Are there jaguars in Mexico

Mexico's jaguars on the rise

Berlin: The population of the critically endangered jaguars (Panthera onca) has increased by 20 percent to 4,800 individuals in Mexico in the past eight years. This emerges from a current census carried out by the WWF Mexico and the UNAM University, among others. "The sharp increase in the jaguar population is a great success for Mexico's nature conservation," says Dirk Embert from WWF Germany. "It's nice to see that after a long period of decline, things are finally looking up again for these wonderful animals."


It is the second jaguar census in the Central American country after 2010. The WWF attributes the increase mainly to the reforestation of destroyed forests and a protection program for the big cats that Mexico introduced in 2005. In addition, improvements in the counting methodology would probably have contributed to the significant increase. The census is based on an evaluation of several thousand camera trap photos from the distribution areas of the jaguar in Mexico. The animals can be distinguished from one another by their individual coat pattern. “Jaguars can be thought of as an indicator of the state of an ecosystem. If the jaguars are doing well, the whole system is intact. They also contribute to the natural balance, for example by regulating the population of herbivores that would otherwise eat everything away unchecked. "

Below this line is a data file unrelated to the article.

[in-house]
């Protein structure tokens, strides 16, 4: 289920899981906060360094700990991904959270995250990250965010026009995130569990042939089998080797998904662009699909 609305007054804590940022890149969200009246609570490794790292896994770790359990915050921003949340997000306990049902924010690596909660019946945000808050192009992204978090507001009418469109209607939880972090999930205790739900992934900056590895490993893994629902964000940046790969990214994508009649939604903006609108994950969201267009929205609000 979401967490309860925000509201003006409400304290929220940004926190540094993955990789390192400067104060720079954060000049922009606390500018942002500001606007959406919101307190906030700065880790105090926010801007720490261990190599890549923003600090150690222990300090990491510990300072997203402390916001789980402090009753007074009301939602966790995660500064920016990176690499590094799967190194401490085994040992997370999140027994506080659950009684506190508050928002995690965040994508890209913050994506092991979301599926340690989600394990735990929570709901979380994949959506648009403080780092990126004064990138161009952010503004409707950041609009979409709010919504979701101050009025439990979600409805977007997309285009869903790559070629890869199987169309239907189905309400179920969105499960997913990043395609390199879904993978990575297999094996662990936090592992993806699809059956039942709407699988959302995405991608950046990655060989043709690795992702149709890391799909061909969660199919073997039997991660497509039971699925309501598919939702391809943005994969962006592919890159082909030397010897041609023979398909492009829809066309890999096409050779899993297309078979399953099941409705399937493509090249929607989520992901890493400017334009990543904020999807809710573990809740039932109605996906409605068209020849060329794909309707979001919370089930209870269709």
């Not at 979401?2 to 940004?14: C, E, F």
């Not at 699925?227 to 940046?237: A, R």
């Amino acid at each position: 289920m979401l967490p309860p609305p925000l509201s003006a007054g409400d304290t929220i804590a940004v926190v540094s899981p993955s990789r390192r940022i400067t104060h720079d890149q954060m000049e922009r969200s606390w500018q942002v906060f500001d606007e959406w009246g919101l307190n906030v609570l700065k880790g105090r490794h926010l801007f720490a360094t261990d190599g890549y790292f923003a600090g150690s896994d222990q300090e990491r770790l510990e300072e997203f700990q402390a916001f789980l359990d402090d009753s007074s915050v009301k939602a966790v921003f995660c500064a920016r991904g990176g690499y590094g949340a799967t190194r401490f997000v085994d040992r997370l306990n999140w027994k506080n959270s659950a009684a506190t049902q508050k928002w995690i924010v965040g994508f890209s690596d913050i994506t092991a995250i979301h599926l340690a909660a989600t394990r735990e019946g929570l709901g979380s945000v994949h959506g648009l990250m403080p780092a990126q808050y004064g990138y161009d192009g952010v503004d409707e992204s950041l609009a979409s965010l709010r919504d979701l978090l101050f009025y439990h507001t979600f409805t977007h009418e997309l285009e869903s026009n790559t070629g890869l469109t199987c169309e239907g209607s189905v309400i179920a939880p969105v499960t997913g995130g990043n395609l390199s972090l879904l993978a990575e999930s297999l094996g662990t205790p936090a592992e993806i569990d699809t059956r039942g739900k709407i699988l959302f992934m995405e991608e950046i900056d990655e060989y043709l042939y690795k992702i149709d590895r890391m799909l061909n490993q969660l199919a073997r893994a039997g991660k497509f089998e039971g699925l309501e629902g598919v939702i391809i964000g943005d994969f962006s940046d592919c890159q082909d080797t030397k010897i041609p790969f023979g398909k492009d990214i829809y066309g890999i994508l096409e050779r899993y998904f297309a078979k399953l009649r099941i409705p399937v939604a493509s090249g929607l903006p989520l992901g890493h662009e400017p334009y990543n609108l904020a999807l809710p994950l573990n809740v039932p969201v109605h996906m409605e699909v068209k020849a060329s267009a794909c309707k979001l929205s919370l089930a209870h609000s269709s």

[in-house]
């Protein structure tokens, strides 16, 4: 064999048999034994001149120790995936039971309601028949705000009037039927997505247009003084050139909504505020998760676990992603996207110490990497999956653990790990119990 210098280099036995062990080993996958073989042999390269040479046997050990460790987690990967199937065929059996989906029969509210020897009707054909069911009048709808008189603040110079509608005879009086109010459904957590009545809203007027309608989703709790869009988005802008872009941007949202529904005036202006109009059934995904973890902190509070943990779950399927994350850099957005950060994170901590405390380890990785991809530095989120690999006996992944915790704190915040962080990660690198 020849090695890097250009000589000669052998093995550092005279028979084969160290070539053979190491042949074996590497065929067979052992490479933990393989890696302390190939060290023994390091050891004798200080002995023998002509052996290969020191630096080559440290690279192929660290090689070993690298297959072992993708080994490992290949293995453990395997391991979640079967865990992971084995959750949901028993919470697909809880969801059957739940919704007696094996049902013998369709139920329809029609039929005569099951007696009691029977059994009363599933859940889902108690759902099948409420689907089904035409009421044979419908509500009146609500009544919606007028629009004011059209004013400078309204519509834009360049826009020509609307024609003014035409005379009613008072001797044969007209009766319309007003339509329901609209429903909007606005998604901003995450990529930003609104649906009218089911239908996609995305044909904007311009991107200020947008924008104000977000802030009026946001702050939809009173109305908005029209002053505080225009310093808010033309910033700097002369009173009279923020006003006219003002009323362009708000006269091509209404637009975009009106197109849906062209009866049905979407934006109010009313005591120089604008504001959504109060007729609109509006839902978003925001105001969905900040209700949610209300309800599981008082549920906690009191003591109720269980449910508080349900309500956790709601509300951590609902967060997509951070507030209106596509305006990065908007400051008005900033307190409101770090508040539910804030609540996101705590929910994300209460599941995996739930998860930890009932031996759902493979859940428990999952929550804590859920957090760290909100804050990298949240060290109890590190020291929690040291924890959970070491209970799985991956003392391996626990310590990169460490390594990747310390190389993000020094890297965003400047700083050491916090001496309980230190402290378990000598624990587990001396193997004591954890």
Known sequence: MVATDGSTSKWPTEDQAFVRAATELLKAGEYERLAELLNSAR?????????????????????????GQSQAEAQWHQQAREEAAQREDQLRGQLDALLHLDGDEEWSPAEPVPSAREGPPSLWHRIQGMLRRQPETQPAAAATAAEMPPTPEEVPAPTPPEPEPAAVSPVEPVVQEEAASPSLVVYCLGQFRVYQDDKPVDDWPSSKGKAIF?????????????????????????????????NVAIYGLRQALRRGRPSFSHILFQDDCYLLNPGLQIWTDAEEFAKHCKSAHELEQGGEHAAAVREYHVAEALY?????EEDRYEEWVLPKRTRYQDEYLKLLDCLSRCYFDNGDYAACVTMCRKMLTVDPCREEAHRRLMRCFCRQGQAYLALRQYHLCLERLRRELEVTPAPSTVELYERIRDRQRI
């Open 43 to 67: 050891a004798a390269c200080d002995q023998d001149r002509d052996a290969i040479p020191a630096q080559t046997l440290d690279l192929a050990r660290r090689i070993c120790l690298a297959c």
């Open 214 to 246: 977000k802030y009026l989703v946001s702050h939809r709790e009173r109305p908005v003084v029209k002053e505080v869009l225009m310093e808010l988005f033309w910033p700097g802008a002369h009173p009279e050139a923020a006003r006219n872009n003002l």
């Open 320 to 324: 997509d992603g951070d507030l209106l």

Background jaguar

Jaguars are the third largest cats in the world after lions and tigers. In their area of ​​distribution in Latin America, they are even the largest. Your head body length is 116 to 170 centimeters, the shoulder height around 70 centimeters. Male jaguars weigh 37 to 121 kilograms, the females 31 to 100 kilograms. They are typical forest dwellers and can often be found near the water. They feed exclusively on meat and hunt all prey animals that occur in their area of ​​distribution. The greatest threat to animals comes from the loss of their habitat. A major cause of this is industrial agriculture. In the last 100 years or so, around half of the former range of the jaguars has been lost. A total of around 64,000 jaguars still live in the wild today.